Second, even if NOM’s refusal to make their polling data fair and available did not cast doubt on the validity of their findings, it would still hurt the discipline of political science. Let’s assume for the moment that the findings are fair and accurate—an assumption which no person should make in this situation. If that IS the case, then LGBT rights groups and NOM alike should both reflexively ask the same question: Why are our polls getting different results? The only way to answer this is to pore through the data. When you have polls that ask the same question, the same way, to the same people, and get two different answers you start an arduous process of analysis. You regress, cross-tab, and dissect that data six-ways from Sunday! Who answered which way? Was one group over-sampled? Under-sampled? Did the timing of the question matter? What did they have to say about other issues? The list goes on and on. But NOM did not do this. Instead, they relied on Deseret News to just say: “Here is the data, we must be right, they must be wrong.” This makes no sense and, as a result, is not particularly compelling. In order for NOM to prove that Americans are—as they claim—allergic to the idea of LGBT persons being seen as equals, they would need to go into the data and explore it in detail. They would need to make the argument, at length, that previous polls—the preponderance of which contradicts their findings—missed something SPECIFIC which NOM has since corrected. The fact that they downplay this incredibly important process of intellectual exploration (not to mention, the equally important process of validation) is depressing to someone who has pledged to spend his life passing on the tradition of higher education in our country.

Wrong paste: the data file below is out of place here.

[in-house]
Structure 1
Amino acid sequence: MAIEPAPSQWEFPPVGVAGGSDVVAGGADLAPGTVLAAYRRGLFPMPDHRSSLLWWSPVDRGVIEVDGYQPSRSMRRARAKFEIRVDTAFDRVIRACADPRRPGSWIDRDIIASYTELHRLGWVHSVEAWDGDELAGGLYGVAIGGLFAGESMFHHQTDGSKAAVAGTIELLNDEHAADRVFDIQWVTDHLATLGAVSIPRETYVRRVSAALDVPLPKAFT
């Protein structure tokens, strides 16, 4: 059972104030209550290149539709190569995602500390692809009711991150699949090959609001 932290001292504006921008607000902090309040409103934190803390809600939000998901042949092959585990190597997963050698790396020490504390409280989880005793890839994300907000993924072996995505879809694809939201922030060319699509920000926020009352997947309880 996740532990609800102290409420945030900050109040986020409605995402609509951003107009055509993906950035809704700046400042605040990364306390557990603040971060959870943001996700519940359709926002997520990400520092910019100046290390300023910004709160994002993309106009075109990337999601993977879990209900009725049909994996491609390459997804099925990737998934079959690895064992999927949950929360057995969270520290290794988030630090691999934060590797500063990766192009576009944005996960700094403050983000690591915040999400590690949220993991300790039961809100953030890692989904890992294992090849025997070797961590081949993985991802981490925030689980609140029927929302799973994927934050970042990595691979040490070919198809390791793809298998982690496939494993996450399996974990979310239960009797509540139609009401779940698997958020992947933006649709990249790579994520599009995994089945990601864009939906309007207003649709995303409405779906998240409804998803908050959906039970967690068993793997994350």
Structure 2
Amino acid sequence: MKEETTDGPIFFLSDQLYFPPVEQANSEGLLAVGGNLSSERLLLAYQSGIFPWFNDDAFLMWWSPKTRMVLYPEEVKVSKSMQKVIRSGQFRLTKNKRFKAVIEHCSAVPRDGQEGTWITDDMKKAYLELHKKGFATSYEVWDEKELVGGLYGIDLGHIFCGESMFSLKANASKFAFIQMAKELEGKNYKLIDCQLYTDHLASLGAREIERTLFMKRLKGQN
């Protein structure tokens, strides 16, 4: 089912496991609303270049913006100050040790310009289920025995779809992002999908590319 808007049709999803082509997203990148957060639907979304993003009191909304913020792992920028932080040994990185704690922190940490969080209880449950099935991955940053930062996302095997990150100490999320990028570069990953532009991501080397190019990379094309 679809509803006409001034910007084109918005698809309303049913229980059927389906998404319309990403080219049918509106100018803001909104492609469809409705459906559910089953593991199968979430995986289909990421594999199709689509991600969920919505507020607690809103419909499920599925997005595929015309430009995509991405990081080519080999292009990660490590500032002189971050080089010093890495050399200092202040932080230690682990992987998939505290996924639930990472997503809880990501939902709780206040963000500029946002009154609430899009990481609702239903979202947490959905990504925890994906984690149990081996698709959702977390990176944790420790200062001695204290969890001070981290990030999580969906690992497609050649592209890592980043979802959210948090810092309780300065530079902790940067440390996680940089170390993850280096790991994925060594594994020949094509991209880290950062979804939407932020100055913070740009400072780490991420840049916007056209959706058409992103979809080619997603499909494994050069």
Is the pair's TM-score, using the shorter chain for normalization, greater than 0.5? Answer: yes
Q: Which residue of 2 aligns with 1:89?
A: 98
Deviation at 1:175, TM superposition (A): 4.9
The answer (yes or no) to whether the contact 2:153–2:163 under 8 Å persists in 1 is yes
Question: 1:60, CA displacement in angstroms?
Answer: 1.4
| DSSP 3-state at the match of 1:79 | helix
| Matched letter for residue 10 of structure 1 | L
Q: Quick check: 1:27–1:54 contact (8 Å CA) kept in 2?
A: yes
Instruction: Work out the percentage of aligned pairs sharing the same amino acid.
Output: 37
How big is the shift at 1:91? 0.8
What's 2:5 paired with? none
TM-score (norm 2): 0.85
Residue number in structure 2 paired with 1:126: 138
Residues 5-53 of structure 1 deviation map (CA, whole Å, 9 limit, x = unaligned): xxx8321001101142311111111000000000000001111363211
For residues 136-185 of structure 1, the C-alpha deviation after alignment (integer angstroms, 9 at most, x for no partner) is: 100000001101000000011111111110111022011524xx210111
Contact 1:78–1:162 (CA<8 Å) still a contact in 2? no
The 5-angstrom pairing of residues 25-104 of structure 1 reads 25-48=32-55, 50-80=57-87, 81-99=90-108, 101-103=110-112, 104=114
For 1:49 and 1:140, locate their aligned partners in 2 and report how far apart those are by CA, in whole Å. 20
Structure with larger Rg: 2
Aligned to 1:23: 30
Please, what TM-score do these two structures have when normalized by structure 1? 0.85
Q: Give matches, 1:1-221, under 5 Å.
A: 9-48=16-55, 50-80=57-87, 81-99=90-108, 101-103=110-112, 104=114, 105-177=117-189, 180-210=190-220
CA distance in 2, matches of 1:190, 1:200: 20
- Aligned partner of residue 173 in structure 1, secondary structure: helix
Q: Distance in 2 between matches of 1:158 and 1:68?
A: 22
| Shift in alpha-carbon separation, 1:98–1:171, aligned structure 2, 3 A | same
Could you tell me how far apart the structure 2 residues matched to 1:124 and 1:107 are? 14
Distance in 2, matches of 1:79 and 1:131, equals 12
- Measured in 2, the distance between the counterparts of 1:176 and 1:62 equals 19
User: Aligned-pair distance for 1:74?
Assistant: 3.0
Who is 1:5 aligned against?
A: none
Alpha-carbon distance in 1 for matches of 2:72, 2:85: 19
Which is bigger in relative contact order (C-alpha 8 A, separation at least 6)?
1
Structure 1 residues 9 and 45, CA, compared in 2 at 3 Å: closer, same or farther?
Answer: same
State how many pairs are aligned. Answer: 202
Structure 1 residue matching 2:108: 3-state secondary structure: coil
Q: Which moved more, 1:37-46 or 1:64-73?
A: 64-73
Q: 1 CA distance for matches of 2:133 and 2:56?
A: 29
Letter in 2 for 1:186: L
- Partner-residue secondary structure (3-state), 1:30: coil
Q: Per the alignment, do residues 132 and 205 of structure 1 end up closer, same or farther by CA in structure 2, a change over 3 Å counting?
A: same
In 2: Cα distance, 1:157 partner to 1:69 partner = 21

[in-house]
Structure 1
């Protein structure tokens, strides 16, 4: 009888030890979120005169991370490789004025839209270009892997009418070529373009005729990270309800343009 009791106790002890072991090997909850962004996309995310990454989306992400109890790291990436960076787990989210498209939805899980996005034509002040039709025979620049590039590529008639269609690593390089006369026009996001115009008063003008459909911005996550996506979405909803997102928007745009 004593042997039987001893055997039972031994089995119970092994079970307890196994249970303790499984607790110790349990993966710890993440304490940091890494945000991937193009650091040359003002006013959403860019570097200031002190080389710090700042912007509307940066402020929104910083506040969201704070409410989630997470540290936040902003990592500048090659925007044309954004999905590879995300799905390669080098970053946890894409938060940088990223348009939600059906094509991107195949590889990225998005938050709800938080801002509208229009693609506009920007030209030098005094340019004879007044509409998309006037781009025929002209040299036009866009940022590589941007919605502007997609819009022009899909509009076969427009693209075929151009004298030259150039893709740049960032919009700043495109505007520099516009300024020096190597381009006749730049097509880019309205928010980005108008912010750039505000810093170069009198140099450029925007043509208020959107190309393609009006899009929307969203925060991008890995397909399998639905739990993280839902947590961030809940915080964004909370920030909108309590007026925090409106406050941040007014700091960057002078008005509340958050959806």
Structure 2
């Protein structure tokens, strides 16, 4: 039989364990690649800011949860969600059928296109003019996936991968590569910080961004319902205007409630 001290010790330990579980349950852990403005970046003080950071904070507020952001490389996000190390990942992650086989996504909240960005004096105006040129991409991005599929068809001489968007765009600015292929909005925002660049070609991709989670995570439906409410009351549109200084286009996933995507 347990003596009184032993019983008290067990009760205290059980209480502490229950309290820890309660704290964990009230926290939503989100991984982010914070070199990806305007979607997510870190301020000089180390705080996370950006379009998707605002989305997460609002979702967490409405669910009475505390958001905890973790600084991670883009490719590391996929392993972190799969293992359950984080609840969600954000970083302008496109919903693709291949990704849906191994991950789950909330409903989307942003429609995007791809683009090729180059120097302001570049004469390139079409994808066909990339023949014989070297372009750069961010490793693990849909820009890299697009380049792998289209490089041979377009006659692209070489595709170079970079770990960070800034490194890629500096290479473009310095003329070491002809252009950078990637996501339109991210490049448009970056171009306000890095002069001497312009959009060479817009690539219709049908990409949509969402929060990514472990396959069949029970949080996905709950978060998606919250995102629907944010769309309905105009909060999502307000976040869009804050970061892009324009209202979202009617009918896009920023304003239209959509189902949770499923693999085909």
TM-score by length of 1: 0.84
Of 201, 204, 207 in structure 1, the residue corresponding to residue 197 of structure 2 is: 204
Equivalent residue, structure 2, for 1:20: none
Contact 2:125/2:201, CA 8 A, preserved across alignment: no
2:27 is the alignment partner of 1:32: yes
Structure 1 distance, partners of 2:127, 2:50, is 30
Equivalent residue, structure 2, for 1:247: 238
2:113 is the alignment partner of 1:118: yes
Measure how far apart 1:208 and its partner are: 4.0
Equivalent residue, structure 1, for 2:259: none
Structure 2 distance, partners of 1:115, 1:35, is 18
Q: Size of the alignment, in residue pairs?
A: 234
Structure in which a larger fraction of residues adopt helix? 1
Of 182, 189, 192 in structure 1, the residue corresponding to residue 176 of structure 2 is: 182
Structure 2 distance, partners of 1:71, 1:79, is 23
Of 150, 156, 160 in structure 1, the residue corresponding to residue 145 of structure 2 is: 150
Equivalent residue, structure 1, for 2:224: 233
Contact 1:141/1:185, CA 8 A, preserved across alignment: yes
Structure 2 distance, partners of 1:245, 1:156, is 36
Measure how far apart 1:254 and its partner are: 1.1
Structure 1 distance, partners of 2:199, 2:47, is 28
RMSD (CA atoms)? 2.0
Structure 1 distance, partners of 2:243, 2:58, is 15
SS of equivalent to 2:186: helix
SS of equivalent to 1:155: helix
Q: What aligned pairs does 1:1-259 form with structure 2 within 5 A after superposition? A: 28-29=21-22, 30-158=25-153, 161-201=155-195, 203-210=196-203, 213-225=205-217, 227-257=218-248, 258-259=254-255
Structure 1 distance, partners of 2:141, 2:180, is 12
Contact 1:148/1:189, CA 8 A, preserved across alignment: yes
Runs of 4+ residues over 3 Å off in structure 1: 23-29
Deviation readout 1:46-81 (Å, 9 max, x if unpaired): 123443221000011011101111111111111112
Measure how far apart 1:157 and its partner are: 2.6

And this is not the first time NOM—and Gary Lawrence—has falsified or manipulated polling data. On February 17, 2011, while I was studying at a different institution, I wrote an open letter to Brian Brown asking him to be more ethical in his polling practices. The letter (found here) made two key assertions: 1) NOM falsely claimed bias in legitimate polls—threatening those persons’ reputations—for its own personal gain, and 2) its alternative question failed to meet basic, objective, scientific standards. NOM was push-polling. Just months later, in New York, NOM released another equally flawed poll. In this poll, they sampled a small population, which is a frequent practice for people who get their desired results and want to stop further polling, lest they find out they were mistaken. For smaller samples, the confidence intervals (two numbers, which tell us between which points we may be confident in our results) shrink, meaning that it is harder and harder to be confident in our results. Indications of error become weaker and weaker with smaller samples. In addition, NOM over-sampled older Americans, which all other polls (which they were claiming to dispute) indicated were least likely to support LGBT rights. The principle is simple, if I look at Poll A, Poll B, and Poll C, and they say that all people love kittens except a certain demographic, and then I do Poll D and only ask that demographic, then I will get the opposite result. Then, I can say “people actually HATE kittens!” NOM did just this, using their engineered results to claim that the original polls were wrong; however, if those polls HAD been wrong, then NOM’s strategic sampling would have failed. Thus, far from disputing the results of existing polls, NOM actually confirmed them by using those polls’ results as a guide on how to fudge their own results.